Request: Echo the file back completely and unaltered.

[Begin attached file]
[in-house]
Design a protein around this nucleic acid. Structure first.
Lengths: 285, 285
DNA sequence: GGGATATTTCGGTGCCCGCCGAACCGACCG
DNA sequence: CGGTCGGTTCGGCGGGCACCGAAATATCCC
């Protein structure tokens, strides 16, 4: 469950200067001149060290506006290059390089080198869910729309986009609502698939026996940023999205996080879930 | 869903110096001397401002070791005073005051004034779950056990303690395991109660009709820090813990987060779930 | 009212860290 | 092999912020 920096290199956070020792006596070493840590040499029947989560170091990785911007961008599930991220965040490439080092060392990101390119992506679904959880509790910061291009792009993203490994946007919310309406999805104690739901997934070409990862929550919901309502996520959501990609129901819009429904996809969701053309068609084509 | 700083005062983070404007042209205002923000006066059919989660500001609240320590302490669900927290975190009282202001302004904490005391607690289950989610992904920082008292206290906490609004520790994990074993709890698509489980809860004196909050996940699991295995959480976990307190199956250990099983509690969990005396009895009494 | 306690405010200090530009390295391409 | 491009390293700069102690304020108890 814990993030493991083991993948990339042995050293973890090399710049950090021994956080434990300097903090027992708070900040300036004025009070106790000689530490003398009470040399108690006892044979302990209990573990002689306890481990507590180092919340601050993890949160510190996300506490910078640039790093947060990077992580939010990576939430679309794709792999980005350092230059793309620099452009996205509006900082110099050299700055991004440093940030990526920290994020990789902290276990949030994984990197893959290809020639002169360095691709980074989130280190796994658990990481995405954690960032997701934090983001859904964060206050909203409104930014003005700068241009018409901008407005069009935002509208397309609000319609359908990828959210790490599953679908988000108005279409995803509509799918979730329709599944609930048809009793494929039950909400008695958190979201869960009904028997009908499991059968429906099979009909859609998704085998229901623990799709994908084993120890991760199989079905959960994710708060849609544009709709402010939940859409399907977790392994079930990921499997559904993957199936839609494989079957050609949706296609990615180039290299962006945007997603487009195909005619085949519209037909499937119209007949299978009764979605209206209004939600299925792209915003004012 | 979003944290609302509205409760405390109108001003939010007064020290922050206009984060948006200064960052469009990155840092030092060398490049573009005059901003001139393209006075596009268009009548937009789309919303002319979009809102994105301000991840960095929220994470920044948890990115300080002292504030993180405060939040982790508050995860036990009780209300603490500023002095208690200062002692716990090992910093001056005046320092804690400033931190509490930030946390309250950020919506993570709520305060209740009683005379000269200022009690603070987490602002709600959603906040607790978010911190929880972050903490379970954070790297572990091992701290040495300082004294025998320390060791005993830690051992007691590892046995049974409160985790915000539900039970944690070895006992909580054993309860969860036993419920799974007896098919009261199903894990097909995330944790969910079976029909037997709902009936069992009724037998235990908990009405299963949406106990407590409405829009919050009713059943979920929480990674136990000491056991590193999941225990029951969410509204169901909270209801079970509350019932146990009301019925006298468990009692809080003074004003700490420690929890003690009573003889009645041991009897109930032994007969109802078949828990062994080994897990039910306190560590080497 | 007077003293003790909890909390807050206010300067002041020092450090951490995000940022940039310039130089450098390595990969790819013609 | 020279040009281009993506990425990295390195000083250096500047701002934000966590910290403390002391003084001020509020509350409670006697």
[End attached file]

[in-house]
Design a protein around this nucleic acid. Structure first.
Lengths: 285, 285
DNA sequence: GGGATATTTCGGTGCCCGCCGAACCGACCG
DNA sequence: CGGTCGGTTCGGCGGGCACCGAAATATCCC
């Protein structure tokens, strides 16, 4: 469950200067001149060290506006290059390089080198869910729309986009609502698939026996940023999205996080879930 | 869903110096001397401002070791005073005051004034779950056990303690395991109660009709820090813990987060779930 | 009212860290 | 092999912020 920096290199956070020792006596070493840590040499029947989560170091990785911007961008599930991220965040490439080092060392990101390119992506679904959880509790910061291009792009993203490994946007919310309406999805104690739901997934070409990862929550919901309502996520959501990609129901819009429904996809969701053309068609084509 | 700083005062983070404007042209205002923000006066059919989660500001609240320590302490669900927290975190009282202001302004904490005391607690289950989610992904920082008292206290906490609004520790994990074993709890698509489980809860004196909050996940699991295995959480976990307190199956250990099983509690969990005396009895009494 | 306690405010200090530009390295391409 | 491009390293700069102690304020108890 814990993030493991083991993948990339042995050293973890090399710049950090021994956080434990300097903090027992708070900040300036004025009070106790000689530490003398009470040399108690006892044979302990209990573990002689306890481990507590180092919340601050993890949160510190996300506490910078640039790093947060990077992580939010990576939430679309794709792999980005350092230059793309620099452009996205509006900082110099050299700055991004440093940030990526920290994020990789902290276990949030994984990197893959290809020639002169360095691709980074989130280190796994658990990481995405954690960032997701934090983001859904964060206050909203409104930014003005700068241009018409901008407005069009935002509208397309609000319609359908990828959210790490599953679908988000108005279409995803509509799918979730329709599944609930048809009793494929039950909400008695958190979201869960009904028997009908499991059968429906099979009909859609998704085998229901623990799709994908084993120890991760199989079905959960994710708060849609544009709709402010939940859409399907977790392994079930990921499997559904993957199936839609494989079957050609949706296609990615180039290299962006945007997603487009195909005619085949519209037909499937119209007949299978009764979605209206209004939600299925792209915003004012 | 979003944290609302509205409760405390109108001003939010007064020290922050206009984060948006200064960052469009990155840092030092060398490049573009005059901003001139393209006075596009268009009548937009789309919303002319979009809102994105301000991840960095929220994470920044948890990115300080002292504030993180405060939040982790508050995860036990009780209300603490500023002095208690200062002692716990090992910093001056005046320092804690400033931190509490930030946390309250950020919506993570709520305060209740009683005379000269200022009690603070987490602002709600959603906040607790978010911190929880972050903490379970954070790297572990091992701290040495300082004294025998320390060791005993830690051992007691590892046995049974409160985790915000539900039970944690070895006992909580054993309860969860036993419920799974007896098919009261199903894990097909995330944790969910079976029909037997709902009936069992009724037998235990908990009405299963949406106990407590409405829009919050009713059943979920929480990674136990000491056991590193999941225990029951969410509204169901909270209801079970509350019932146990009301019925006298468990009692809080003074004003700490420690929890003690009573003889009645041991009897109930032994007969109802078949828990062994080994897990039910306190560590080497 | 007077003293003790909890909390807050206010300067002041020092450090951490995000940022940039310039130089450098390595990969790819013609 | 020279040009281009993506990425990295390195000083250096500047701002934000966590910290403390002391003084001020509020509350409670006697």